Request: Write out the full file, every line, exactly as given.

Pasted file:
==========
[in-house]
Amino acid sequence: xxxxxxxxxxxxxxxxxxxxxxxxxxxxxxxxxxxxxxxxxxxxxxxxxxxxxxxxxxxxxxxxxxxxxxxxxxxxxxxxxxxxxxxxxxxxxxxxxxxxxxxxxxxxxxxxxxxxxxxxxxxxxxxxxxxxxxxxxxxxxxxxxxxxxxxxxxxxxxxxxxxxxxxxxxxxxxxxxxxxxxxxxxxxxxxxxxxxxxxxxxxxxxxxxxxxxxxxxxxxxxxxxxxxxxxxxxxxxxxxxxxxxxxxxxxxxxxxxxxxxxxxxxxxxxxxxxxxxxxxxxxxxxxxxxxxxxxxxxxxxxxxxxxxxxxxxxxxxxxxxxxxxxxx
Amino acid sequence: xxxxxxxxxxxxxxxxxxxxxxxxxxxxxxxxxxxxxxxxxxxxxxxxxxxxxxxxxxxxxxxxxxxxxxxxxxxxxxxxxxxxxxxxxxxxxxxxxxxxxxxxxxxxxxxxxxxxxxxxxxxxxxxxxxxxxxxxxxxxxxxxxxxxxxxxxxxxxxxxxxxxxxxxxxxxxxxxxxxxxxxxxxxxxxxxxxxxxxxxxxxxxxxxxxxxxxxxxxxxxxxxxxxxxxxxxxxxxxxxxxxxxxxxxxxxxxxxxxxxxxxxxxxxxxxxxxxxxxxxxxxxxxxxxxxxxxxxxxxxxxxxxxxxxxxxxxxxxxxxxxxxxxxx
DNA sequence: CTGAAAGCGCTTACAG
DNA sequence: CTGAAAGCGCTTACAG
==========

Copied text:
[in-house]
Amino acid sequence: xxxxxxxxxxxxxxxxxxxxxxxxxxxxxxxxxxxxxxxxxxxxxxxxxxxxxxxxxxxxxxxxxxxxxxxxxxxxxxxxxxxxxxxxxxxxxxxxxxxxxxxxxxxxxxxxxxxxxxxxxxxxxxxxxxxxxxxxxxxxxxxxxxxxxxxxxxxxxxxxxxxxxxxxxxxxxxxxxxxxxxxxxxxxxxxxxxxxxxxxxxxxxxxxxxxxxxxxxxxxxxxxxxxxxxxxxxxxxxxxxxxxxxxxxxxxxxxxxxxxxxxxxxxxxxxxxxxxxxxxxxxxxxxxxxxxxxxxxxxxxxxxxxxxxxxxxxxxxxxxxxxxxxxx
Amino acid sequence: xxxxxxxxxxxxxxxxxxxxxxxxxxxxxxxxxxxxxxxxxxxxxxxxxxxxxxxxxxxxxxxxxxxxxxxxxxxxxxxxxxxxxxxxxxxxxxxxxxxxxxxxxxxxxxxxxxxxxxxxxxxxxxxxxxxxxxxxxxxxxxxxxxxxxxxxxxxxxxxxxxxxxxxxxxxxxxxxxxxxxxxxxxxxxxxxxxxxxxxxxxxxxxxxxxxxxxxxxxxxxxxxxxxxxxxxxxxxxxxxxxxxxxxxxxxxxxxxxxxxxxxxxxxxxxxxxxxxxxxxxxxxxxxxxxxxxxxxxxxxxxxxxxxxxxxxxxxxxxxxxxxxxxxx
DNA sequence: CTGAAAGCGCTTACAG
DNA sequence: CTGAAAGCGCTTACAG